The story “No Mirrors In My Nana’s House “ by Ysaye M. Barnwell tells the whimsical tale of a young girl who recognizes her beauty not by looking in the mirror but gazing into in her nana’s eyes. She understands her worth as it is reflected back to her by her nana, thus she is able to maintain a strong and healthy self-image. This is one of my favorite stories! It demonstrates the power of love. It reminds me of nights I spent cuddled up next to my grandmother looking at Little House on the Prairie or sitting in the kitchen admiring her beauty, envious as I watched her use the straightening comb on her huge cottony puff of hair, in a haze of smoke and sizzle it descended into straightness and acceptability.
My grandmother was an amazing woman, she made me laugh with her corny jokes, she taught me valuable life lessons, and she let me hide in her strength when I didn’t have my own. My grandmother made me feel special, smart, and cute and of course LOVED. However, I would still argue that there were mirrors in my grandmother’s house, just as there where mirrors in her mother’s house, and there are mirrors in my mother’s house and in my house too.
The distorted mirror that my grandmother looked into during her childhood changed her perception of self in ways I will never know. I can imagine that her mirror held many of the things that generations of Blacks girls have and are still struggling with, issues of hair texture, skin color or the ability feel valued as a Black girl. There were mirrors in her Nana’s house!
The young Black girls of today are victimized by the same broken and distorted mirror that I looked into and my mother before me. It is virtually impossible for a Black girl to experience the tender period of girlhood without looking in a mirror, a mirror that reflects crooked and broken images of who they are mentally, emotionally and physically. While it could be argued that media depictions of girls of any race can be harsh and unrealistically. It is especially harsh for Black and Brown girls as they are subject to deeply rooted beliefs and expectations that have a history steeped in racism and patriarchy. Black girls are so very often under protected yet over policed. Time and time again we hear the stories on the news of young black girls being treated without care or concern pinned to the ground in a swimsuit, thrown across a room by a security officer, shamed and on the receiving end of a negative consequence for wearing their hair in its natural state, suspended six times more often than their white peers and missing and abducted at alarming rates without making any headlines. There are mirrors in their Nana’s house!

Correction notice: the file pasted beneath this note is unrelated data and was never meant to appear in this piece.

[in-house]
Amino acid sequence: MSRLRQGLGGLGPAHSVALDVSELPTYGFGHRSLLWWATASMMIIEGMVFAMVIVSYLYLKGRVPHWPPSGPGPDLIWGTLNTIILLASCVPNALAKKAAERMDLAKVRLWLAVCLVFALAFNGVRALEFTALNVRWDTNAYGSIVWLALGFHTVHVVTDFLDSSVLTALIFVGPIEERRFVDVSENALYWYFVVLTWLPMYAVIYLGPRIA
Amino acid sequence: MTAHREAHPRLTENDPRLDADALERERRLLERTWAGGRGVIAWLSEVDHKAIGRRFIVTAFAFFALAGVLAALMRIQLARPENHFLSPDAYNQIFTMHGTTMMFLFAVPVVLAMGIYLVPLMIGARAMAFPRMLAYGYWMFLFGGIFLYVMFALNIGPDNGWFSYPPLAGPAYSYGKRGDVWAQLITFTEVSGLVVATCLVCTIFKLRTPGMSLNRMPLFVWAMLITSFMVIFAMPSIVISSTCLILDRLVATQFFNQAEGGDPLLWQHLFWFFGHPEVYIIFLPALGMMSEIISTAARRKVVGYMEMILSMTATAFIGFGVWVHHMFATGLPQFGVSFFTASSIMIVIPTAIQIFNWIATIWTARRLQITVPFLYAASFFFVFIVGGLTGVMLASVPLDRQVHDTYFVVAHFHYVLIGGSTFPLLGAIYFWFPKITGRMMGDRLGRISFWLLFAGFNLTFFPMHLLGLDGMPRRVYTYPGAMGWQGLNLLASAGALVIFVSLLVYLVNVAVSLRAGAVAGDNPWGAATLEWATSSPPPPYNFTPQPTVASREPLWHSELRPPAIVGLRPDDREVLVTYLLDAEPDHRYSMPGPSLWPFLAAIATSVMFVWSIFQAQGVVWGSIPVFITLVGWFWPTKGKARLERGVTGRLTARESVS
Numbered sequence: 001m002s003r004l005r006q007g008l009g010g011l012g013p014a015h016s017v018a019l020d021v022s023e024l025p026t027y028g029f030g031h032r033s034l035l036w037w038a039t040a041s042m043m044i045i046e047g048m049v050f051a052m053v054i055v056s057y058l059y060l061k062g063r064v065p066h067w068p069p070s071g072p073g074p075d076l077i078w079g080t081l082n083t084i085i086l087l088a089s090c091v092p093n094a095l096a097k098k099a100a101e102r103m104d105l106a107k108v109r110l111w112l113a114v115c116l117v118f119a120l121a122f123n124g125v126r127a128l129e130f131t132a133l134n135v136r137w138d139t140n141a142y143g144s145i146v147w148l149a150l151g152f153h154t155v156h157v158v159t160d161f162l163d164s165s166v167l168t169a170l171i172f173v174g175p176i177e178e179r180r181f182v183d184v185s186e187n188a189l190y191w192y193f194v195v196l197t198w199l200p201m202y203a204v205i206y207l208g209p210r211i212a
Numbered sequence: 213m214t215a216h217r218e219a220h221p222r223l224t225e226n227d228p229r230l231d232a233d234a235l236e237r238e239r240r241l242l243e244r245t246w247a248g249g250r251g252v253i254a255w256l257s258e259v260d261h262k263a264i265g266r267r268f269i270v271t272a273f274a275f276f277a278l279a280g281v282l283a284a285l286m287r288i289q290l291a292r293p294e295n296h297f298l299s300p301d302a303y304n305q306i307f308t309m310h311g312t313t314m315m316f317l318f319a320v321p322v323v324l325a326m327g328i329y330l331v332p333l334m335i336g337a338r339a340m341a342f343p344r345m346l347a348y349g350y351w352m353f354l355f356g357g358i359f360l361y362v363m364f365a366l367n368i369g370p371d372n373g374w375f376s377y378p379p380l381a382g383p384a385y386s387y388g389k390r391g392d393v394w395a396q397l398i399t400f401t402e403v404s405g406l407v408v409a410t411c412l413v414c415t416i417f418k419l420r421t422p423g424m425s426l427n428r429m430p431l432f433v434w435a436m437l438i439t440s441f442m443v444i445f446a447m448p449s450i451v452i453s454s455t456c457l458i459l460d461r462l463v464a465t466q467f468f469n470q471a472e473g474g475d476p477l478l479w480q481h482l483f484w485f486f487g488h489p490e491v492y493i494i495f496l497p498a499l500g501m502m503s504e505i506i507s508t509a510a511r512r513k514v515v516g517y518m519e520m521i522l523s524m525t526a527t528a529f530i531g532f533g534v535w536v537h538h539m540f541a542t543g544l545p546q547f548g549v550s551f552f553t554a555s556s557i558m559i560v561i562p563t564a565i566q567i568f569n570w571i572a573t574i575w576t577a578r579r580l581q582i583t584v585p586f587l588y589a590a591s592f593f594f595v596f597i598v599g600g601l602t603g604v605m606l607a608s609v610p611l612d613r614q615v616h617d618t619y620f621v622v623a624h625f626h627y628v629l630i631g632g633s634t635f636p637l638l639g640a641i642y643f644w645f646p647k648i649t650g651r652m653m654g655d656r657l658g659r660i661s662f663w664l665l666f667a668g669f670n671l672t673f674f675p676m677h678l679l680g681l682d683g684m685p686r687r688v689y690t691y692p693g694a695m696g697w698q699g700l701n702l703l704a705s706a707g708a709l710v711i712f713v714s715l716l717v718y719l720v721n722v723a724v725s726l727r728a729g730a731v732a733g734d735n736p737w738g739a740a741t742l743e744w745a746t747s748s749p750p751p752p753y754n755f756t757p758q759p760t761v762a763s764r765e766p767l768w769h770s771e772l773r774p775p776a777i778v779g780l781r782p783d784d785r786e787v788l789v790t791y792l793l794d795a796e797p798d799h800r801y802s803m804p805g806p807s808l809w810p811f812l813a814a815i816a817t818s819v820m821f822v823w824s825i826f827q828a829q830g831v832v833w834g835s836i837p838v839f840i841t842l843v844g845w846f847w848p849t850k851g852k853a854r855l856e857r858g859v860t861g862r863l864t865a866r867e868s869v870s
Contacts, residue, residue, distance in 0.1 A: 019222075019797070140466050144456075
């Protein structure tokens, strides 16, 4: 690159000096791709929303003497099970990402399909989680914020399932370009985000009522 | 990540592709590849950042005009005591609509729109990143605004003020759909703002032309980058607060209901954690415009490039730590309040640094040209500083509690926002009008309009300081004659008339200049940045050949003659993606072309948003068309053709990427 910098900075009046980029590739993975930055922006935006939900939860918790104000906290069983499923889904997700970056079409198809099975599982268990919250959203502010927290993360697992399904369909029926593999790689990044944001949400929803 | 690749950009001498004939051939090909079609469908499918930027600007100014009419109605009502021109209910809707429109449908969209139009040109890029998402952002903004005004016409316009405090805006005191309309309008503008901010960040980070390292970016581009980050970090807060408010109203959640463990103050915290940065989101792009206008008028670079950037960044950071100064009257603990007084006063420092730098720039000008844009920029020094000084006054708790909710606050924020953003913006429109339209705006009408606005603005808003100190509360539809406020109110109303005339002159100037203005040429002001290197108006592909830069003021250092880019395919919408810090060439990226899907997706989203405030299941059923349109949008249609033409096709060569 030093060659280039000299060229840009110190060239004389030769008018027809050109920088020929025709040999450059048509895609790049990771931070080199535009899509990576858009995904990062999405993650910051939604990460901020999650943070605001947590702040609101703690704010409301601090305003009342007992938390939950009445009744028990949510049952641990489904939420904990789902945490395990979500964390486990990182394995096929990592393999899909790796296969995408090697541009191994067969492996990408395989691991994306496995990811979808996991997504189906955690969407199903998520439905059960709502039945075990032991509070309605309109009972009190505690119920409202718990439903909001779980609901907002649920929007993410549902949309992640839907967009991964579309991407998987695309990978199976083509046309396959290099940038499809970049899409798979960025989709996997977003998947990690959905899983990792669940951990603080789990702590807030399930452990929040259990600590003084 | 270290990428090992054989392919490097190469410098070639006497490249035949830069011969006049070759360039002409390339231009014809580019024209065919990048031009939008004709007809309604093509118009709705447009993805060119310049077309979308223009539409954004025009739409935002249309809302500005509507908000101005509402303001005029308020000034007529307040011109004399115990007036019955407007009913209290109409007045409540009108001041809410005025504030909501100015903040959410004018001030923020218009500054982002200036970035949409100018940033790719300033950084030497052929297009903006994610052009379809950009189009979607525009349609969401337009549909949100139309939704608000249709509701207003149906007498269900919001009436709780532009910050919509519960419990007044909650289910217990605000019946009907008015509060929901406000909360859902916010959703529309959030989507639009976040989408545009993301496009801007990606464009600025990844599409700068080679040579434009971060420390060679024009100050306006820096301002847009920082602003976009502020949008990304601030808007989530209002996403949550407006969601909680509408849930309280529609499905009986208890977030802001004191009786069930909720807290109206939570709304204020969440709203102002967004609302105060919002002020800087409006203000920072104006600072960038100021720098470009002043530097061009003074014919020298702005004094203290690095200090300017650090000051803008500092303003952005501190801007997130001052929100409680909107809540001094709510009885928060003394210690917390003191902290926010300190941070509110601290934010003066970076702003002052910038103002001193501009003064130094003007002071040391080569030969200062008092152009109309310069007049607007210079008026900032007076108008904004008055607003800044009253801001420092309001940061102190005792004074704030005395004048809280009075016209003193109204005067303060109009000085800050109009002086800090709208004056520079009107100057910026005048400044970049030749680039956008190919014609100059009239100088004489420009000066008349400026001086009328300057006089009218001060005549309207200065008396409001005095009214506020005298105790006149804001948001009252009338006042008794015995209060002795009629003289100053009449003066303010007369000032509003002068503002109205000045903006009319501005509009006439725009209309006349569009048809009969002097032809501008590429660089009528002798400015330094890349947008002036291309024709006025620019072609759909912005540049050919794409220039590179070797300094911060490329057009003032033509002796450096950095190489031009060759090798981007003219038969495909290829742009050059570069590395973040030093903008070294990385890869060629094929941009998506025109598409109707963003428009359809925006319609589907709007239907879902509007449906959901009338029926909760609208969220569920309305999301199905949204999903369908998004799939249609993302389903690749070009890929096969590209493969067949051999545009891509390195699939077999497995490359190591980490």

So while it is tempting to envision a world where self-worth is built and maintained solely by the love and support of a nana (or other positive adult) and the ability to block out negative images and stereotypes is as easy as not installing mirrors. The reality is there our mirrors in the houses of all young black girls and we must work hard to combat and destroy the images that these mirrors are portraying. We must show Black girls that they don’t have to follow the single narrative so often laid out before them.
If you would like to take action and help build the self-esteem of black girl in your life, here are a few things you can do:
- Surround them with things that show and reflect their beauty. Provide them with Black dolls, Decorate their room with Black art
- Provide books with positive images of Black girls and women
- Model body and self-acceptance
- Direct your praise away from their physical appearance (ex. You are intelligent)
- Provide a safe space for them to express feelings and concerns
If you would like more information on Black girls and self-esteem, please contact me at Conversationswithsistas@gmail.com. Tanya Fleeting M.Ed., Certified life and Creativity coach. Tanya is a wife and mother of three, a Dean of students by profession, a published author and Founder of Conversations with My Sistas.